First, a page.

Exploring the communications of social support in threads about anxiety and depression on Baby Kingdom: A discourse-pragmatic approach

Jesse W. C. Yip, Winnie Chor

Research output: Contribution to conferenceConference paperpeer-review


How social support is performed and maintained has been of interest to sociolinguists and discourse analysts. More recently, increasing attention has been drawn to investigating social support in the online context, particularly the communicative features of online support groups for mental diseases (e.g. Horgan et at., 2013; Paulus and Varga, 2015, Prescott et al., 2017, among others). A social support group is defined as a group of people who share the same problems congregates with the goal of helping each other to tackle their mutual problems (Finn, 1999). While such online groups for mental illnesses are commonly found in western countries like Australia (e.g. Beyond Blue), the US (e.g. Daily Strength) and the UK (e.g. No More Panic), they are not common in Chinese communities, including Hong Kong. People with similar issues would tend to seek help from a variety of online forums, which often include a section on mental health, or at list health in general. Our present study explores the discourse-pragmatic features of threads involved on the online forum “Baby Kingdom” in Hong Kong – a local online forum which is famous for discussion about parenting, such as pregnancy, early-childhood education and parent-child relationship. In this forum, participants raise questions, share personal experience and exchange useful information about parenting. The communication patterns of the participants involved here seems similar to that of online support groups that are for people with physical or mental health problems. Our study aims to investigate how participants proffer social support to one another in conversations among participants with anxiety and/or depression in Baby Kingdom, addressing two research questions:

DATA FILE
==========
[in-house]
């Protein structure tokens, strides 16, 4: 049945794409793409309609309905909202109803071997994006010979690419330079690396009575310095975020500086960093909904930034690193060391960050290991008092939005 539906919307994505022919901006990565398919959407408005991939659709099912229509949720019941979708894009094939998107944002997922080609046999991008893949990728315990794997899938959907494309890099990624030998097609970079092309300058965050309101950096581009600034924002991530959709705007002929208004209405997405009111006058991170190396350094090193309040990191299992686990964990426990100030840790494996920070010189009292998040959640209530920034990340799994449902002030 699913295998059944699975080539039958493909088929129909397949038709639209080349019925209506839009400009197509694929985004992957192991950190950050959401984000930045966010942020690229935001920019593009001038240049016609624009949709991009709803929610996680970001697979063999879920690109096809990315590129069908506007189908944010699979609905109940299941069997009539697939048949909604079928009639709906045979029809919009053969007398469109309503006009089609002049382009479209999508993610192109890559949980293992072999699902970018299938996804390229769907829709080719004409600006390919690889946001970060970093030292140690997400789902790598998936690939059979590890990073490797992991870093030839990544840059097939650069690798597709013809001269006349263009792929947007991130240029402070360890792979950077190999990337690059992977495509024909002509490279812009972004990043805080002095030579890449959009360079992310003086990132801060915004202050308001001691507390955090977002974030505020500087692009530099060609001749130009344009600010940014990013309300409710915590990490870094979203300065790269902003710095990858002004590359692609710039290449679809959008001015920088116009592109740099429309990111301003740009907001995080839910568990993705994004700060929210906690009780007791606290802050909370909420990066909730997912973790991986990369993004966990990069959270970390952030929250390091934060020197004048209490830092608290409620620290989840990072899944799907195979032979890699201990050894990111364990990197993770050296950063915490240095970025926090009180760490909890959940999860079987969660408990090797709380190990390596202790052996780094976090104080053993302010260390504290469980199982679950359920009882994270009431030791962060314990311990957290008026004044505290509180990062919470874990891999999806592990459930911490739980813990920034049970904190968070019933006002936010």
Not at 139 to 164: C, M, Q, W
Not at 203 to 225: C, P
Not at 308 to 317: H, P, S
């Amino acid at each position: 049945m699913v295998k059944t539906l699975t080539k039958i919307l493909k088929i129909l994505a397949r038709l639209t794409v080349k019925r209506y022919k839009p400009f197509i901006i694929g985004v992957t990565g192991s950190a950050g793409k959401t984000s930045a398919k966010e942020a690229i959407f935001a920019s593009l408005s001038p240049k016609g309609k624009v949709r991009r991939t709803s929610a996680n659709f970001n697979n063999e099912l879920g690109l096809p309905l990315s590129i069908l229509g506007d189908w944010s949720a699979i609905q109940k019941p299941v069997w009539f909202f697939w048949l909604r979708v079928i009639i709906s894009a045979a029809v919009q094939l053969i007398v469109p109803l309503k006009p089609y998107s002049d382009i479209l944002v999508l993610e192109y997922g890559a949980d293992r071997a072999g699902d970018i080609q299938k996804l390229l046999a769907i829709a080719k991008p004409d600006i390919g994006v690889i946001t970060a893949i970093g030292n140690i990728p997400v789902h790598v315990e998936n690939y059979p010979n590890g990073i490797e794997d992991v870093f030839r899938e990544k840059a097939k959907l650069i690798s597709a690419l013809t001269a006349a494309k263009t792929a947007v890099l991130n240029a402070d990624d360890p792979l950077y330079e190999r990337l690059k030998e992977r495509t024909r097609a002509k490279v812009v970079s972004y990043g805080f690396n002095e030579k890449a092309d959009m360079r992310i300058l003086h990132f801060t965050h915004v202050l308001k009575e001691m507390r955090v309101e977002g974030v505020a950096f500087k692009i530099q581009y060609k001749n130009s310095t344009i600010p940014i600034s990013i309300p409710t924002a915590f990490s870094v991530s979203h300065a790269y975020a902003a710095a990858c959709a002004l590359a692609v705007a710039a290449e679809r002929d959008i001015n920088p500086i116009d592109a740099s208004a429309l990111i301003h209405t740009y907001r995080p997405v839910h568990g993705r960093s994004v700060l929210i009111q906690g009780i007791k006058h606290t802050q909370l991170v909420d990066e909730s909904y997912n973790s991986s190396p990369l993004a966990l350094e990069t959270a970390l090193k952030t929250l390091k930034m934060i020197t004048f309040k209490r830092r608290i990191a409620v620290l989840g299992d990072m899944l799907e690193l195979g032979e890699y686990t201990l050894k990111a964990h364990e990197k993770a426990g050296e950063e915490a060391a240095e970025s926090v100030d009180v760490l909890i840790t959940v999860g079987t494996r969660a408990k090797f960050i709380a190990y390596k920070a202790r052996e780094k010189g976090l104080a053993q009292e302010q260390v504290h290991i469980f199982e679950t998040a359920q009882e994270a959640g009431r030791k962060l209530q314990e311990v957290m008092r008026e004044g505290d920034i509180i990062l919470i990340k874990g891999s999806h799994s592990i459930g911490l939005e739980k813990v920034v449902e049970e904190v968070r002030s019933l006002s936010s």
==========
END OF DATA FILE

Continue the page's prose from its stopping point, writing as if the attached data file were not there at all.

a) What is the sequential structure of the interactions among participants?
b) What categories of social support are exchanged among participants?

Move analysis (Swales, 1990) is applied to identify the textual boundaries between moves and content analysis is employed to reveal the categories of social support. Thirty threads about anxiety and/or depression in Baby Kingdom were collected and examined with reference to Yip (2020), which revealed communication patterns and types of social support in six online support groups for anxiety and depression based in Western countries. The results indicate that the sequential structure of the interactions in Baby Kingdom is analogous to that of the Western online support groups: thread initiation (direct/indirect request for support) – delivery of social support (request/offer or offer/accept the support) – negotiation (probing questions or discussing ideas) The conversations in the Western online support groups are primarily limited to requesting and offering support. In contrast, more back-and-forth exchanges are found in Baby Kingdom as more negotiation moves are identified. Moreover, the participants in Baby Kingdom provide more diverse types of social support, including advice, understanding/empathy, compliment and companion, while participants in the WOSG tend to share own experience, thoughts and feelings to show understanding/ empathy to support seekers. This study argues the discrepancies between Baby Kingdom and Western online support groups lie in their contextual settings. Baby Kingdom is not positioned as an online support group, but a general forum where provides more freedom for participants with or without anxiety and/or depression to interact without thematic constraints. The findings provide implications for remedying “robotic” communication pattern that may deprive the therapeutic potential of online support groups (see Yip, 2018 and Yip, 2020).


Forum2020 Annual Research Forum of The Linguistic Society of Hong Kong = 2020年香港語言學學會學術年會, LSHK-ARF-2020
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